As a general rule, diagnosis should precede treatment. But last week, we
saw in both the legislative and executive branches examples of the
"treatment before diagnosis" mentality. In Congress, the first hearings
of the congressionally created Financial Crisis Inquiry Commission was
held under the chairmanship of Phil Angelides, former California
treasurer and former chairman of the California Democratic Party. The
commission was "mandated" by law with reporting back to Congress by
December 2010, "with a series of conclusions about what occurred, and
recommendations as to how to avoid future market breakdowns.
(Disclosure: I provide professional advice to some financial
Chairman Angelides led off his first hearing, at which he had called the
CEOs of some of the leading New York banks with a demand that they
accept blame for the financial crisis, saying he was "troubled by their
inability to take responsibility." With the chairman having decided on
the first day that the bankers were responsible for the financial
meltdown, what is the point of the commission? Can't they even bother to
fake an intent to carry out their responsibilities as the law requires?
Even weirder, the Democratic leadership has made it clear that they plan
to pass their financial re-regulation act before the November elections
even though they legally call for recommended changes from the
Commission to be reported back to them after the election, in December.
Sadly, Angelides' kangaroo-court attitude does not seem to be an
aberration. On Saturday, the president, in the words of the Washington
Post, "unleashed a verbal barrage against the nation's largest banks,
accusing them of wanton selfishness by refusing to accept new
regulations he and his party are proposing, and for fighting a new tax
that Obama wants to impose."
The president proposes enacting "The Financial Crisis Responsibility
Fee," which is a $90-billion tax leveled against the 50 largest banks
that, according to the Post, "Obama called responsible for pushing the
nation into economic crisis. By paying the tax, the nation's largest
banks would settle their debt to taxpayers." That the bank paid back,
with interest, the money loaned to them by the taxpayers does not excuse
them from this new tax.
Note that not only is the president, like the commission chairman,
assuming they know the cause that the commission the president signed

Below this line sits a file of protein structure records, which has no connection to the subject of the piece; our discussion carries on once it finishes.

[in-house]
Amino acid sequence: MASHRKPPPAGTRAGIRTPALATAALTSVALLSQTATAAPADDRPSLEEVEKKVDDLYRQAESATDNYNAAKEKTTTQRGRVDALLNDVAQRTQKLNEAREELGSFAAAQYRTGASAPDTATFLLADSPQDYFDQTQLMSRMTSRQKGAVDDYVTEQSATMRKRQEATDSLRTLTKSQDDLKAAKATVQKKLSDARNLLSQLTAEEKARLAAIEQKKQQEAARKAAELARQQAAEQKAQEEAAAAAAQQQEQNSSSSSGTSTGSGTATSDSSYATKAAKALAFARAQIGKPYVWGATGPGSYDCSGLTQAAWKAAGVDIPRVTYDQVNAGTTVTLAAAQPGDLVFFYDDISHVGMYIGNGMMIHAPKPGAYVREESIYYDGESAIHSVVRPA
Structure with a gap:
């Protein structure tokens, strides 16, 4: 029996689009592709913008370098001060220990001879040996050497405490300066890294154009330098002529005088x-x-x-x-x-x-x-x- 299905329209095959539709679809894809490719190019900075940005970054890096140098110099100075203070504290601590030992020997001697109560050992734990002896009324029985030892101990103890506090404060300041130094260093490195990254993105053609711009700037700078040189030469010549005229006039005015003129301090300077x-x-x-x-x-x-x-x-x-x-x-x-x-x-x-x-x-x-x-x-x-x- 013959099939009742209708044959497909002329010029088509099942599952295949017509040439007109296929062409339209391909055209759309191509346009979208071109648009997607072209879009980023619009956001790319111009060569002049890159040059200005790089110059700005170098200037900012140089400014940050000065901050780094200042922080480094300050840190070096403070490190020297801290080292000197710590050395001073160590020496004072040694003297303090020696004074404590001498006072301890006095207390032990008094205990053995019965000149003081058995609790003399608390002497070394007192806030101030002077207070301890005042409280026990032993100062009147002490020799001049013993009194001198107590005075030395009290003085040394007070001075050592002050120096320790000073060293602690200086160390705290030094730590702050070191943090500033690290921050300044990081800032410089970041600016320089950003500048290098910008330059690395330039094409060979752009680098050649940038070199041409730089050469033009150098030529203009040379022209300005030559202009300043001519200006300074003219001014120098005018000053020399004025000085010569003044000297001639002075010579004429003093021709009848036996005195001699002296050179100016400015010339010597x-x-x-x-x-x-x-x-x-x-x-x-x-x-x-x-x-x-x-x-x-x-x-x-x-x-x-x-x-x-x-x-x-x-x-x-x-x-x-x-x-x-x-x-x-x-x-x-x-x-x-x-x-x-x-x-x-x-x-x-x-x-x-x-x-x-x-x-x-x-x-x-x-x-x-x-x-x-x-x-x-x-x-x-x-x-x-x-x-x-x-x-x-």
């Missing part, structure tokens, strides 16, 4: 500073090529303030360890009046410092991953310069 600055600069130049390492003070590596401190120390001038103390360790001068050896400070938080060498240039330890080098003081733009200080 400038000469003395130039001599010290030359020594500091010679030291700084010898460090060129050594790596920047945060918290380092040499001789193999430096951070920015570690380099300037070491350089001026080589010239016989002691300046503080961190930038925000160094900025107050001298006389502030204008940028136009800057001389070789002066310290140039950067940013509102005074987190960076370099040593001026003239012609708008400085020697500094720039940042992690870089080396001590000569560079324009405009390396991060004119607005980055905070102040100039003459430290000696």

into law is assigned to find out. But also, this new tax would establish
a precedent that any person or business can be taxed or fined for any
harm that Congress thinks they did to the economy.
On this theory, everyone who contributed to the real estate and stock
market bubble, the breaking of which "caused" the crisis, could be taxed
for the "effects" of their economic conduct. Under that theory, everyone
who bought real estate or a stock after, say, 2005, should be taxed for
their crime against society.
Perhaps the Democrats would apply this theory to education. They could tax the
teachers' unions and their members for "causing" generations of ill-educated
But beyond such foolishness, the fundamental danger of this mentality is
that if they are wrong that, basically, the banks caused the crisis,
then their remedies in the form of new regulations and taxes may not
make the economy safer. Rather, they may needlessly encumber and tax our
financial institutions and drive financial business to unregulated Asia
and with it, our future prosperity.
Their theory is that greedy, insufficiently regulated bankers went money
mad, making bad loans, gambling with their depositors' money and thereby
destroyed not only their own banks but the nation's and the world's
It's a simple and time-tested method: Characterize human actions as
sins, and respond to sin with punishment. That is how the Spanish
Inquisition dealt with heresy, and why primitive societies made human
sacrifices to propitiate their gods. Unfortunately, such punishments
didn't end free thinking or the droughts that the primitives thought
were evidence of their sin against their gods. And punishing the human
desire to acquire will not make us healthy, wealthy and wise.
There are other, more plausible theories of what caused the economic
crisis. Larry Summers, now the president's top economic adviser, gave a
brilliant speech in Mumbai in March 2006 in which he pointed out that
the account imbalances in the world caused by China's and other's
excess savings being loaned to the U.S., and not corrected by letting
exchange rates find their natural levels, and the U.S.'s lack of savings
and excessive borrowing would cause severe recession in the near
This trade and capital imbalance problem, many experts believe, was
compounded by the Federal Reserve policy of keeping interests rates too
low too long after Sept. 11. Between those two phenomena, America was
awash in a sea of cheap money that resulted in asset bubbles, excessive
debt and the inevitable petty corruptions that attend bubbles. Add to
these ill-considered government policies the congressional bipartisan
pressure on banks to make bad subprime loans, and you may be approaching
a better explanation for what caused the crisis.
Three quarters of a century on, serious economists are still vigorously
debating the causes for the Great Depression and its persistence.
Wouldn't it be wise to spend at least a few months trying to find out
the real causes of our current economic crisis before committing major
surgery on a financial system that has over the last century permitted
the United States to become the greatest economic engine in human